Sunday, April 22, 2012

Igor Sells T-Shirts! Disbelief Ensues!

On Thursday, I got a call from my temp agency. They had me at "motocross." The assignment: sell t-shirts and assorted (exorbitantly expensive) stuff. They warned me in advance that it would be a long day - at least 13 hours. That ended up being very close to the amount of time I spent at Seahawks/Qwest/Century Link Stadium. It was all very straightforward: we organized the merchandise and then awaited the hordes of crazed motocross fans to besiege us. This is what it looked like before the public fell upon us:

Those are my booth-mates, Michael and Emily off to the left. They were good to work with; no drama, no stress, just a deep commitment to selling overpriced junk. Did I mention that we were but one of many, many stands? Well, I believe there were seven others, including one off to our right that was quite a bit bigger than ours. Anyhow, here's a picture of me wearing a hat that we sold out of four times during the day:

The doors opened at 12:30 and the whole event was to go till 10:30, so it took a while for the total onslaught. But I was a little surprised when my first customer rushed up to me and hurriedly purchased $160 worth of gear without even batting an eye. That was just the beginning. As the crowd accumulated, people came forward in masses to pay $25 for t-shirts and hats, $55 for hoodie sweat jackets and any amount in between for other items. At first, they paid with cash, but the same people kept returning. When the cash was gone, they paid with credit cards. And they kept returning. Strangely enough, many of them were buying stuff during the actual races they were supposedly there to see. It was crazy. Now, you might be thinking, "Motocross fans, ugh, they must have been a vast herd of rednecks!" Nothing of the sort. Almost everybody was extremely well-behaved (especially the Canadians, of whom there were many) and even polite. Rednecks with terrible manners couldn't afford such an event.

Just when I thought things would settle down, we were assailed by something very much like a human tsunami. I spent the next three hours in a retail trance. We ran out of items, were resupplied and ran out again. It was absolutely insane. People bought everything in great quantities and spent hundreds and hundreds of dollars each. My biggest sale was just south of $400. They spent a ton and kept coming back. When it finally tapered off, I had so much money in my cash-apron, it was practically falling out. Once I got it all sorted, I handed Emily a stack of twenties at least two inches thick. And then there were the fifties and hundreds - many of them, as well. So much money. It was incredible.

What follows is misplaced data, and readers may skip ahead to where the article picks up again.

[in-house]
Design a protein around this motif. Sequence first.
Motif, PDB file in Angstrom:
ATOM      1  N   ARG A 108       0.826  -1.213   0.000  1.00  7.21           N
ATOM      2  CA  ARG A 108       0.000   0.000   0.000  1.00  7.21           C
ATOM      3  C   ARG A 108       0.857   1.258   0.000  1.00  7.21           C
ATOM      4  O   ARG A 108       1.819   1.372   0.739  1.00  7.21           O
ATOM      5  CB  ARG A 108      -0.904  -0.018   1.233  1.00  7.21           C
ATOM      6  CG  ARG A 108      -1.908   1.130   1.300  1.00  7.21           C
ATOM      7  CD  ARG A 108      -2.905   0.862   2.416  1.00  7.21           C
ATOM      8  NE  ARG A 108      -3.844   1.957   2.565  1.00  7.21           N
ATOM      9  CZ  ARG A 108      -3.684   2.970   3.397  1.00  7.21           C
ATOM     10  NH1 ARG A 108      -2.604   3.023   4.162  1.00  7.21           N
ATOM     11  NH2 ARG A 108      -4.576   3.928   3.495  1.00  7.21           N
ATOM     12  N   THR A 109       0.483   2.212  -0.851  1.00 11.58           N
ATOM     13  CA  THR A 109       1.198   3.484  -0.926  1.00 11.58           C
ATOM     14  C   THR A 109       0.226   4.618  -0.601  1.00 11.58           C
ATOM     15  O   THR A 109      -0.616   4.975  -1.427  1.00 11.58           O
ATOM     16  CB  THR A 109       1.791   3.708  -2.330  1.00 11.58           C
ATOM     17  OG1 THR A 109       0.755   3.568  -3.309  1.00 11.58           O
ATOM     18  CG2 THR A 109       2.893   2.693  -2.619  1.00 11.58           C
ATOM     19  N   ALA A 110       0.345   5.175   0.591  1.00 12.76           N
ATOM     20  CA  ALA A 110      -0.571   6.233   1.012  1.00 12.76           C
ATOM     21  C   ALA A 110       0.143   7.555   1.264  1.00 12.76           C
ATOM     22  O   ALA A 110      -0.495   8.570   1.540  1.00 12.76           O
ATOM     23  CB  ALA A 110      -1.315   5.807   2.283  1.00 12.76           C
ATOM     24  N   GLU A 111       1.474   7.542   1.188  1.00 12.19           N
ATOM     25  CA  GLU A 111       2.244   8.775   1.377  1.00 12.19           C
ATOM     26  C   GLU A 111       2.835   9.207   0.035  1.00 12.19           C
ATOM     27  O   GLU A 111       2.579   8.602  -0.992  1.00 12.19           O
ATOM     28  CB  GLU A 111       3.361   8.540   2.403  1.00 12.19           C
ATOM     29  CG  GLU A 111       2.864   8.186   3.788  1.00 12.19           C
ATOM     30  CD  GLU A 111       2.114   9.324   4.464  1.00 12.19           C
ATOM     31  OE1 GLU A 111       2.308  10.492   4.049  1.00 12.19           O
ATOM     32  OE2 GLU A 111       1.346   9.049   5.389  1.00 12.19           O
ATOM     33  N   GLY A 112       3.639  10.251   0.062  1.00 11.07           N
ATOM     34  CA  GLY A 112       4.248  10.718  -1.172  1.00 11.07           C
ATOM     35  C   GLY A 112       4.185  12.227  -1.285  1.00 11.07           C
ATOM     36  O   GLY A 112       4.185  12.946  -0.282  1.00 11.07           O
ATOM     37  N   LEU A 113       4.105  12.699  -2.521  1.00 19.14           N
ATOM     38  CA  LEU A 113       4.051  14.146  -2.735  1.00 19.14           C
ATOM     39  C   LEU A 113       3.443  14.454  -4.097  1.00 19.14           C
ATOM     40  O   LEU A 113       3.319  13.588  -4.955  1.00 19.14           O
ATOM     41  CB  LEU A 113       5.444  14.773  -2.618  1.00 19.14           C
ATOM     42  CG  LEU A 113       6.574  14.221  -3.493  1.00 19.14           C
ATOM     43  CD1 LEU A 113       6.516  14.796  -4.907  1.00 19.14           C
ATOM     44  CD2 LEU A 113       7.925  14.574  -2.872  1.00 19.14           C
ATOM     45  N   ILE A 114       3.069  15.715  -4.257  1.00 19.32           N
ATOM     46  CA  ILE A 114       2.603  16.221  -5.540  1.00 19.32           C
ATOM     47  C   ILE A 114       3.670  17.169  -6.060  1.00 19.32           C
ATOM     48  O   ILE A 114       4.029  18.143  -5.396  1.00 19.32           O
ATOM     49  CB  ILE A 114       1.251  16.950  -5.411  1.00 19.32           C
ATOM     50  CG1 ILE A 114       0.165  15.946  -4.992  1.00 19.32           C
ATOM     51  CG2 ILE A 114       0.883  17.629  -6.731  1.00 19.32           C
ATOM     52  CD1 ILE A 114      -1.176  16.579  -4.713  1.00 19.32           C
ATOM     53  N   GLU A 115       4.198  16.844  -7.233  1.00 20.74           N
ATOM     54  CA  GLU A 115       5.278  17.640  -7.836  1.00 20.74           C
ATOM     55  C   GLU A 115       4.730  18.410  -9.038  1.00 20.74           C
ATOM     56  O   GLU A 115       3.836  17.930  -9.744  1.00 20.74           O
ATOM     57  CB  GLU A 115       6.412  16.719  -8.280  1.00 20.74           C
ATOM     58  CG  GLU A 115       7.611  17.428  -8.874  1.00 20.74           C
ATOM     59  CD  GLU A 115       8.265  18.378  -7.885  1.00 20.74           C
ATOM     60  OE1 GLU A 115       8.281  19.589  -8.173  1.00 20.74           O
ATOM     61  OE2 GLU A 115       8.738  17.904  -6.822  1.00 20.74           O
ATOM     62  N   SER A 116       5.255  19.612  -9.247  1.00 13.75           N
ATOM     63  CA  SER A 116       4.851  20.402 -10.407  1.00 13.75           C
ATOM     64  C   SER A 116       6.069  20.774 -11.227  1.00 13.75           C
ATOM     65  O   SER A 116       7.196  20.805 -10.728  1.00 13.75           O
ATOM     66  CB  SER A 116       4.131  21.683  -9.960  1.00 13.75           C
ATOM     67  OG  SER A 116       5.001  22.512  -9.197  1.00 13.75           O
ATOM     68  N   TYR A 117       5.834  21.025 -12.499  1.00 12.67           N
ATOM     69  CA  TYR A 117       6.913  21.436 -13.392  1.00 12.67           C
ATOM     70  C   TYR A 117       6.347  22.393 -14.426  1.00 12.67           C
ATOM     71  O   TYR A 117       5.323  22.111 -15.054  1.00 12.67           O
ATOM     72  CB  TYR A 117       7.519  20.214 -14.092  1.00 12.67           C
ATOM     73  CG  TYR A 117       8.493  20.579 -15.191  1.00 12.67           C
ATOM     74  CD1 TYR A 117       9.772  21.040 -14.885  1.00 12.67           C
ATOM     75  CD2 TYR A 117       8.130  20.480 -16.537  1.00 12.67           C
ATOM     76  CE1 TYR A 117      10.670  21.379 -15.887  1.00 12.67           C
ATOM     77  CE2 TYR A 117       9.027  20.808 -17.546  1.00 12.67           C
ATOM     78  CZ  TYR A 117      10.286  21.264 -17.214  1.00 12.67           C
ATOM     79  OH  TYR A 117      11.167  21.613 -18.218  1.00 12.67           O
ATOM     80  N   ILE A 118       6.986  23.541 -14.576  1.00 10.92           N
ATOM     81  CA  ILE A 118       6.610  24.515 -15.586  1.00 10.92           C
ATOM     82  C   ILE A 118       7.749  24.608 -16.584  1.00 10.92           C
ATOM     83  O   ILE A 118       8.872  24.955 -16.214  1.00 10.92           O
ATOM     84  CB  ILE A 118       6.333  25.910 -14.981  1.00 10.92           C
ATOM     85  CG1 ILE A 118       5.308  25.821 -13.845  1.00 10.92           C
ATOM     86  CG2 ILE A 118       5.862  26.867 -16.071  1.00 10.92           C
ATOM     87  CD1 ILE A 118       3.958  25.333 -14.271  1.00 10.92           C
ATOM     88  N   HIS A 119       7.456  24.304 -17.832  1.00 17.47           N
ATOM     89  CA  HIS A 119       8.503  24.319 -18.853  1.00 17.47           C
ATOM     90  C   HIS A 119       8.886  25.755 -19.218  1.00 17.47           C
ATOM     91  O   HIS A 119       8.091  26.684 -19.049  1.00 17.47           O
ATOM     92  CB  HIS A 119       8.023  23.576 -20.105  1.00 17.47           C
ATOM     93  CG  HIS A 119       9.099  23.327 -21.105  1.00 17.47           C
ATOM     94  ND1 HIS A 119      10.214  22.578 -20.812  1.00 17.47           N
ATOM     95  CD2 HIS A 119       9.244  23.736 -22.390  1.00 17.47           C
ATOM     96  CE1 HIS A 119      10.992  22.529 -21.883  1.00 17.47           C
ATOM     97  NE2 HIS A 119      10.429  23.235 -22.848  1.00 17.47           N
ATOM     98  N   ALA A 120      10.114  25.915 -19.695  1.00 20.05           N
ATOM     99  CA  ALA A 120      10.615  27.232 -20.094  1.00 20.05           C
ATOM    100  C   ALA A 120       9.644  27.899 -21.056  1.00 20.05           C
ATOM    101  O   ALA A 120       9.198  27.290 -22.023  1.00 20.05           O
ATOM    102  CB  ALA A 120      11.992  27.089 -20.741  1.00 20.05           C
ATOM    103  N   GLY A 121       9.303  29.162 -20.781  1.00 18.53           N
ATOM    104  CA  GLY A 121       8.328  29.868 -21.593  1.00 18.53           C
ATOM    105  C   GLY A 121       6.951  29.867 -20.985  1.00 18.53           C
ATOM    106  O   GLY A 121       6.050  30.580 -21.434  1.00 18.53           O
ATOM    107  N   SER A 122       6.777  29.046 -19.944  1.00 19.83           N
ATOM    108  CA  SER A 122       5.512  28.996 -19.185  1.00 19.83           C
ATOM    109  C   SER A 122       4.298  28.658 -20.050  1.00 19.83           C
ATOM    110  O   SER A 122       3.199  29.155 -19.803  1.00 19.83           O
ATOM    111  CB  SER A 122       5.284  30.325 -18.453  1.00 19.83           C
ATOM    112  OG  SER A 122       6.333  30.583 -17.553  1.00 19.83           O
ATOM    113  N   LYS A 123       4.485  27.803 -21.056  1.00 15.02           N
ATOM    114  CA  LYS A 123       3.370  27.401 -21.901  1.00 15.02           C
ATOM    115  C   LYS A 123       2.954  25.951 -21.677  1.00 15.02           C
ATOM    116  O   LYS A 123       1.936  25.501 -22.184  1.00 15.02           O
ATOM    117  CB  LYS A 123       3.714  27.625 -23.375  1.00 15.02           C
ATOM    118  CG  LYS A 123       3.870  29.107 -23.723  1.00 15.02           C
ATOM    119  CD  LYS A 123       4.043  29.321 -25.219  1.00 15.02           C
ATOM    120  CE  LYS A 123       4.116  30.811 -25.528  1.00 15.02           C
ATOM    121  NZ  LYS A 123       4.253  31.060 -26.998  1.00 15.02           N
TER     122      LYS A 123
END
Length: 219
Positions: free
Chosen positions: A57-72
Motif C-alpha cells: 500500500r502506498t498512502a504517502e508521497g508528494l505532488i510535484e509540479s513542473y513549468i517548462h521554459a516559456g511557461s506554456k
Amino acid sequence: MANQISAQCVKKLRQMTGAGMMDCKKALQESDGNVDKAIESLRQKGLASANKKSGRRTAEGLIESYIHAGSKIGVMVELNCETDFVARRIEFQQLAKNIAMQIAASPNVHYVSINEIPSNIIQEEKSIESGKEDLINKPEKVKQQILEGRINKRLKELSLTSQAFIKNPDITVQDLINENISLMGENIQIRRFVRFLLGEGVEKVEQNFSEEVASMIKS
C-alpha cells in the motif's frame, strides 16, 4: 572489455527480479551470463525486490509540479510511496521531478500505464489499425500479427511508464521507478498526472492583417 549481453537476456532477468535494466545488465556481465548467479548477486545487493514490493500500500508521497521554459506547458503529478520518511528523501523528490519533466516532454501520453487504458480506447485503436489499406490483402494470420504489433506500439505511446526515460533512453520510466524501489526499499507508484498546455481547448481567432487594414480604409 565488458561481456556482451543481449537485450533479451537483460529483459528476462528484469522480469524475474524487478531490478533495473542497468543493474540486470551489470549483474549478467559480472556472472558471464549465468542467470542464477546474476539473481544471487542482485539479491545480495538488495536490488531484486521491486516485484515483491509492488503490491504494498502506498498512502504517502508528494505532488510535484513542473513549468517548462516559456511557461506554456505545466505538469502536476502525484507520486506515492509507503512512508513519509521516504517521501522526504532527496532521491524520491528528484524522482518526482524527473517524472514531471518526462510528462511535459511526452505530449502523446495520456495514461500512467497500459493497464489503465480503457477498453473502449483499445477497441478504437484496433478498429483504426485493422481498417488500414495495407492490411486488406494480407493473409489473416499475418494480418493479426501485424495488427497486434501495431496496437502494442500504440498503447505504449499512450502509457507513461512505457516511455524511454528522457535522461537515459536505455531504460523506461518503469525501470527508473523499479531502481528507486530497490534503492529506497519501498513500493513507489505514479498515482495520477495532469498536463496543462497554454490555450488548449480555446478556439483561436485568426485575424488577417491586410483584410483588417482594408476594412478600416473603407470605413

I did actually get a chance to have a look at one of the qualifying races. It's weird; once the thing starts, you really can't tell who's winning or what. I mean, does this make sense?

How about now?

Or now?

So there followed several more hours of furious crap-hawking. I totally began to feel like a carny, except that people came to us waving their money (instead of us trying to entice them onto a rickety ride or into a rigged game) and credit cards, expecting nothing in return but gaudy t-shirts and assorted shoddy gear. Well, they got a lot of it. But I want to stress once again that the crowd was surprisingly pleasant and alarmingly willing to spend their hard-earned dough on inessential things. And so it continued until the final race. Some guy won. And then those whose credit wasn't yet in shambles bought us out of much of our remaining inventory. We sold out of numerous sizes of hoodies many, many times during the day, were restocked and sold out again. If we had had a thousand more, we would have sold out of those, too. Like I said, it was insane.

Here's how it was. Each charge produced a receipt. At the end of things, the stack looked like this:

I'm thinking that the average charge purchase was around $75 or so dollars. And this stack contains probably around 400 sales. We had two machines. There were seven others, each with two machines apiece, doing the same brisk business. You do the math. On top of that, I took in armloads of cash. I have to tell you something: we're all in the wrong business if it's not selling t-shirts at a motocross event.

The day was exhausting, but it was truly a trip to the surreal, which made it worth it. I toiled for 13 and a half hours and then walked home. And that was the day.

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